To avoid university entrance exam, a growing number of Chinese students study abroad

In an effort to avoid the gaokao—the traditional Chinese University entrance exam—a growing number of Chinese students decide to study overseas, nearly half of them in the U.S., China Daily reports.

In 2013, for example, only 72,736 Chinese students signed up for the gaokao, marking a significant drop from the 126,000 students who signed up in 2006. This, in conjunction with numbers from the Chinese Ministry of Education showing that study abroad is on the rise—399,600 students studied abroad in 2012, 17.65 per cent more than in 2011—seems to indicate a trend towards studying abroad instead of taking the gaokao.

The article offers two possible explanations for this new trend:

  1. It may be the result of increased wealth. Nearly 95 per cent of students who go abroad are self-sponsored and families who have the necessary economic resources can now consider education abroad as a viable option;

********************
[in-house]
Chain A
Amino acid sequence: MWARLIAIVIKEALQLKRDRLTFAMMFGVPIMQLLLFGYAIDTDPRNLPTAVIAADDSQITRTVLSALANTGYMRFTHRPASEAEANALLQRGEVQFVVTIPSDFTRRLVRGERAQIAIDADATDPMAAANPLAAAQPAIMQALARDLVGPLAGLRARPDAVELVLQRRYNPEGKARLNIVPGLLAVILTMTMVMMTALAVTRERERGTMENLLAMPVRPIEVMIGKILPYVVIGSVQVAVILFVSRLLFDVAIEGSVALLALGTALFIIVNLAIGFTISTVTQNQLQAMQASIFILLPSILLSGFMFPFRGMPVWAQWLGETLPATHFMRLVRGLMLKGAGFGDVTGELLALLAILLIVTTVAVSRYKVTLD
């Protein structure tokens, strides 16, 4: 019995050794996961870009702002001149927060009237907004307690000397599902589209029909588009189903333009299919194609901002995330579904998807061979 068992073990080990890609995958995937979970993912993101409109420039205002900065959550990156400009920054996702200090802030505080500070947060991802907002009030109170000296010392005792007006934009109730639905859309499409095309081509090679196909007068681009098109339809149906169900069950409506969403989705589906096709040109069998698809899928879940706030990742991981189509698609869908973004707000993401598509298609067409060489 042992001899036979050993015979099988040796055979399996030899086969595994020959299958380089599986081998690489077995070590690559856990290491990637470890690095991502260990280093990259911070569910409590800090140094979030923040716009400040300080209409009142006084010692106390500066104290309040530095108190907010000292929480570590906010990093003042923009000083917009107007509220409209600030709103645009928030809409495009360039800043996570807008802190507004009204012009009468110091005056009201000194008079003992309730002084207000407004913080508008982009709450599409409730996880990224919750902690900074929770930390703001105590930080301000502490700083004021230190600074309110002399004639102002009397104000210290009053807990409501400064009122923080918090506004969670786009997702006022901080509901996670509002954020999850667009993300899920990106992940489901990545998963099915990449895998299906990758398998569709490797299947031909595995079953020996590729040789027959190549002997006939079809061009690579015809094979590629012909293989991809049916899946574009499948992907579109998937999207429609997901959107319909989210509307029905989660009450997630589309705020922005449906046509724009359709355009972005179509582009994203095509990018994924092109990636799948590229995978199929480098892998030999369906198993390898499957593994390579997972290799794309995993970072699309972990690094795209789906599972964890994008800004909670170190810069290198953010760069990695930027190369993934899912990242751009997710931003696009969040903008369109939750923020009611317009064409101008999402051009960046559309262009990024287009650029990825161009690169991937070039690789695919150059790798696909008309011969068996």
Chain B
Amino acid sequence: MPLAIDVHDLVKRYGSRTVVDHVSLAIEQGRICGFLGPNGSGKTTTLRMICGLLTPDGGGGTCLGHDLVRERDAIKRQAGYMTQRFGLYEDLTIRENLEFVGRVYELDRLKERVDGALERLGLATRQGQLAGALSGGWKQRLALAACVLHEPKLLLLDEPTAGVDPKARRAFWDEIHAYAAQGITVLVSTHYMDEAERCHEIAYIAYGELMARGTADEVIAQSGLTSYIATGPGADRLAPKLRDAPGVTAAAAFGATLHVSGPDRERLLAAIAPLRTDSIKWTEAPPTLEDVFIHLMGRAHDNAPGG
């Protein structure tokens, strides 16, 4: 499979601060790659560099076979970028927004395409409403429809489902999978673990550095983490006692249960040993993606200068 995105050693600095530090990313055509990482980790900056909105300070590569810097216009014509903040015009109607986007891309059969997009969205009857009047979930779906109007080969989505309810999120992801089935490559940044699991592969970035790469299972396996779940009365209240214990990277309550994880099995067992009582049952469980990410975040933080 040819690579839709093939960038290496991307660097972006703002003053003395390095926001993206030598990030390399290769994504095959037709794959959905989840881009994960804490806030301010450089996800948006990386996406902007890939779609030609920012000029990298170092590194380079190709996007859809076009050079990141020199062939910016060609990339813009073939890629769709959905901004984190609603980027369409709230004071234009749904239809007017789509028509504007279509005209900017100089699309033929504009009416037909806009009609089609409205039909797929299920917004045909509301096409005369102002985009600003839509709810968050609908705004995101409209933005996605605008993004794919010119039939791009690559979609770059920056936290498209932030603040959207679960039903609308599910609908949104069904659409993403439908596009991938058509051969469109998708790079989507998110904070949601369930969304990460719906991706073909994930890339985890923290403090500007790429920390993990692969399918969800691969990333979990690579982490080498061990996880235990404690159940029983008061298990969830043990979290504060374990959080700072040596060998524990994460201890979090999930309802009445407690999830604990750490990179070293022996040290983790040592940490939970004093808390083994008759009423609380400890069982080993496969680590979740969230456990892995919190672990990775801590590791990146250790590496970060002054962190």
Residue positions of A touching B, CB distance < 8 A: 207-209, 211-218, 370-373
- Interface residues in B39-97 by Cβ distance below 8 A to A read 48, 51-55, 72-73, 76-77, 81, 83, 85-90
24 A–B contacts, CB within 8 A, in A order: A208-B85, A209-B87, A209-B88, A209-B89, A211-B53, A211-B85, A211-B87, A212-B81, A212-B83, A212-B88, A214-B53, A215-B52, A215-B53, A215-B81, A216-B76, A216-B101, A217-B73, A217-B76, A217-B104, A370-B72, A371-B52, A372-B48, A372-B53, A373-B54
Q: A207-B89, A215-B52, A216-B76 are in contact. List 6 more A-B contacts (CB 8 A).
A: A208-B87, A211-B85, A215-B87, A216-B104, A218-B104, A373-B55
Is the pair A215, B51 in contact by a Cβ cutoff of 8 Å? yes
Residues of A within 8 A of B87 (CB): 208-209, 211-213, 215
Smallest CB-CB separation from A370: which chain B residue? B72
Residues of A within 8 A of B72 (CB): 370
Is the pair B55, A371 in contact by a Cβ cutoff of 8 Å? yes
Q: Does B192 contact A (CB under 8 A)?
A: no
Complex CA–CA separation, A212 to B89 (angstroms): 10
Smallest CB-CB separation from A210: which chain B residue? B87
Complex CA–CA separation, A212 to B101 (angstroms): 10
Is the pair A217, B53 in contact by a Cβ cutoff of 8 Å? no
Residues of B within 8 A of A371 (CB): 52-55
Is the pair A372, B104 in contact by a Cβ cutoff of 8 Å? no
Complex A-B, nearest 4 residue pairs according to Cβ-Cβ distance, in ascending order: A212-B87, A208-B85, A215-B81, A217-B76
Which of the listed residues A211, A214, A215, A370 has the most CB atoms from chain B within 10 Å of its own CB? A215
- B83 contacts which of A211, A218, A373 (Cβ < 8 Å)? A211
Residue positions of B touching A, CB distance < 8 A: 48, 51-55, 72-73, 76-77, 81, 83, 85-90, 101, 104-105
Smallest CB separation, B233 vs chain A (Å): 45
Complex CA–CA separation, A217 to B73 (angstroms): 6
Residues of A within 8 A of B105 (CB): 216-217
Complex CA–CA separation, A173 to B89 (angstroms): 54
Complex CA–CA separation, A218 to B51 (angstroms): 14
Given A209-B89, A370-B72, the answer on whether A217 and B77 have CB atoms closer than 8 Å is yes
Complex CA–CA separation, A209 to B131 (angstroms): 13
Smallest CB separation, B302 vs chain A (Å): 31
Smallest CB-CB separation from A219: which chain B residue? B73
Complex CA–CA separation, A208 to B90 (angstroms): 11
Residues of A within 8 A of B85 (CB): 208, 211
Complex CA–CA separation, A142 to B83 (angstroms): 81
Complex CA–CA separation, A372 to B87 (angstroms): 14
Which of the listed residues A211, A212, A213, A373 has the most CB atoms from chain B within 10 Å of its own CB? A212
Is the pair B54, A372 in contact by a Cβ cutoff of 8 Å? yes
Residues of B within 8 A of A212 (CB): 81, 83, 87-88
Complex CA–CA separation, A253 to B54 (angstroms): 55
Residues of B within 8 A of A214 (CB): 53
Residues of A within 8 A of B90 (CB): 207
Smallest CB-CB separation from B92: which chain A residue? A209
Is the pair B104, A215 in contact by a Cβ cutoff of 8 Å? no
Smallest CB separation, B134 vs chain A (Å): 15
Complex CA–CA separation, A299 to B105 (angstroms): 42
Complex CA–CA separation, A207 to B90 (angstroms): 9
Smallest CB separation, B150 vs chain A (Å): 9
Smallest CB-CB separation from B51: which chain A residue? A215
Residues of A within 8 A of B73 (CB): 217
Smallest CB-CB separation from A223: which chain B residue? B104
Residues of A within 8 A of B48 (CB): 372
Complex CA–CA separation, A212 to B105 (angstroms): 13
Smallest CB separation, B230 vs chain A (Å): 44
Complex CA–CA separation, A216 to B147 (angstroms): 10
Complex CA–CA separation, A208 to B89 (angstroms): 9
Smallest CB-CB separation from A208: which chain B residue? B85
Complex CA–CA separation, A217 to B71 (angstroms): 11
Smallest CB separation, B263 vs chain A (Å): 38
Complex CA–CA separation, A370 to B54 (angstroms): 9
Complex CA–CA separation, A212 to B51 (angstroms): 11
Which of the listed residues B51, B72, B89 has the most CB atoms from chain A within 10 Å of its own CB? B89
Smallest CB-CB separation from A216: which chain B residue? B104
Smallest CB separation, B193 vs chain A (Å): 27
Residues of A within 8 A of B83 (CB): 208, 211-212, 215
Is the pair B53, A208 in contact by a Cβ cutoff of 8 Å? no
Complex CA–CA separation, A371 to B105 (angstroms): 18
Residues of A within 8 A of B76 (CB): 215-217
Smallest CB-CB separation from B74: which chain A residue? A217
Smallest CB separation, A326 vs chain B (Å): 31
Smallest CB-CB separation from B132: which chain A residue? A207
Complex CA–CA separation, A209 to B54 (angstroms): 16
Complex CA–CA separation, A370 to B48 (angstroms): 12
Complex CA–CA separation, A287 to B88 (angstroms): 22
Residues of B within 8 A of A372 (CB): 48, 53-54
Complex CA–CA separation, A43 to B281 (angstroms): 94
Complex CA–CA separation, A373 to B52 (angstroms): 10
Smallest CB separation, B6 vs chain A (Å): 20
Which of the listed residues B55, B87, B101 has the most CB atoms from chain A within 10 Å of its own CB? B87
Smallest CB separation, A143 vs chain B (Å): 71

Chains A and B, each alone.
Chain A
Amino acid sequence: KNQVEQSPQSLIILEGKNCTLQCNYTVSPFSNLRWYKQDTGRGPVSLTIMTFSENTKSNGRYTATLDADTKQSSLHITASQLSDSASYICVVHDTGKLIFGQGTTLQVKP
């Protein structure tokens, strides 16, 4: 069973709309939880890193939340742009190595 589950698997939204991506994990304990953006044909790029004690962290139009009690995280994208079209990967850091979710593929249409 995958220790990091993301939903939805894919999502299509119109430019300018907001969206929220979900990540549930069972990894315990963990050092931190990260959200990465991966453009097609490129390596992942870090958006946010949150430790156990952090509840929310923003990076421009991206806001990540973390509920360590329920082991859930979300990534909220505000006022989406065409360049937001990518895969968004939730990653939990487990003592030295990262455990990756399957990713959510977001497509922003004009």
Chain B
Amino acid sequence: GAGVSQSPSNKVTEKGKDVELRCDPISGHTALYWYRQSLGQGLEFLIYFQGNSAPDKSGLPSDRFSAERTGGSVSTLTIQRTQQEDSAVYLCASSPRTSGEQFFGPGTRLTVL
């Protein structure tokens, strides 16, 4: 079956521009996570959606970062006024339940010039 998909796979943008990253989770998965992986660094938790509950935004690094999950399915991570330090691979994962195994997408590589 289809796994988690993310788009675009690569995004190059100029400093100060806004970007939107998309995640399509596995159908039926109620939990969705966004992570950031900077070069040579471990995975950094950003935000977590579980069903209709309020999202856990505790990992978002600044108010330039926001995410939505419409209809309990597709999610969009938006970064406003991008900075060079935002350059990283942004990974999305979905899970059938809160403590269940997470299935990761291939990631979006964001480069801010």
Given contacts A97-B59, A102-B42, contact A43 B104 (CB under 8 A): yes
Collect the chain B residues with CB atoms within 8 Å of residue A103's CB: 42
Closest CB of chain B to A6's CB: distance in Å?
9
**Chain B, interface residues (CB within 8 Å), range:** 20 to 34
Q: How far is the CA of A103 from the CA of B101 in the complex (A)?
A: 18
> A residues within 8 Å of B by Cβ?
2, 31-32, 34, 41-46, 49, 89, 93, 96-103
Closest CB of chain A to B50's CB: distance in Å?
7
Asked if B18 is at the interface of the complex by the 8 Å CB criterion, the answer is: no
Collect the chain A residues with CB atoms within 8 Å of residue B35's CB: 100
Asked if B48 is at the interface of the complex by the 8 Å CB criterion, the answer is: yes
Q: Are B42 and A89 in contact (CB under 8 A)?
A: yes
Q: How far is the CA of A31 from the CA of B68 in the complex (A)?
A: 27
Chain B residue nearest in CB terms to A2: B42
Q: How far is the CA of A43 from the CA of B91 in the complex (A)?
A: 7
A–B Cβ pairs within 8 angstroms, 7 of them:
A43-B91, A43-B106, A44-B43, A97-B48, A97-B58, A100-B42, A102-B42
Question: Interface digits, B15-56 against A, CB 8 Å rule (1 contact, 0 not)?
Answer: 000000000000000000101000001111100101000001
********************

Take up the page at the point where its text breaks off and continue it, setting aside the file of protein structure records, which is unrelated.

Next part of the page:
2. Many Chinese students wish to simply enjoy high school without the stress of having to prepare for the gaokao exam.

Citing the Institute of International Education’s (IIE) 2012 Open Doors report, China Daily notes that many of the students who forgo the exam are attending university in the United States, accounting for nearly half of the Chinese study abroad student body:

“The number of Chinese students enrolled in U.S. institutions of higher education in 2011-12 increased from 157,558 to 194,029, or 23 per cent, over the previous year.”

However, the U.S. is not the only popular destination country for Chinese students, China Daily writes, adding that universities in Australia, for example, have also seen an increase in students from China.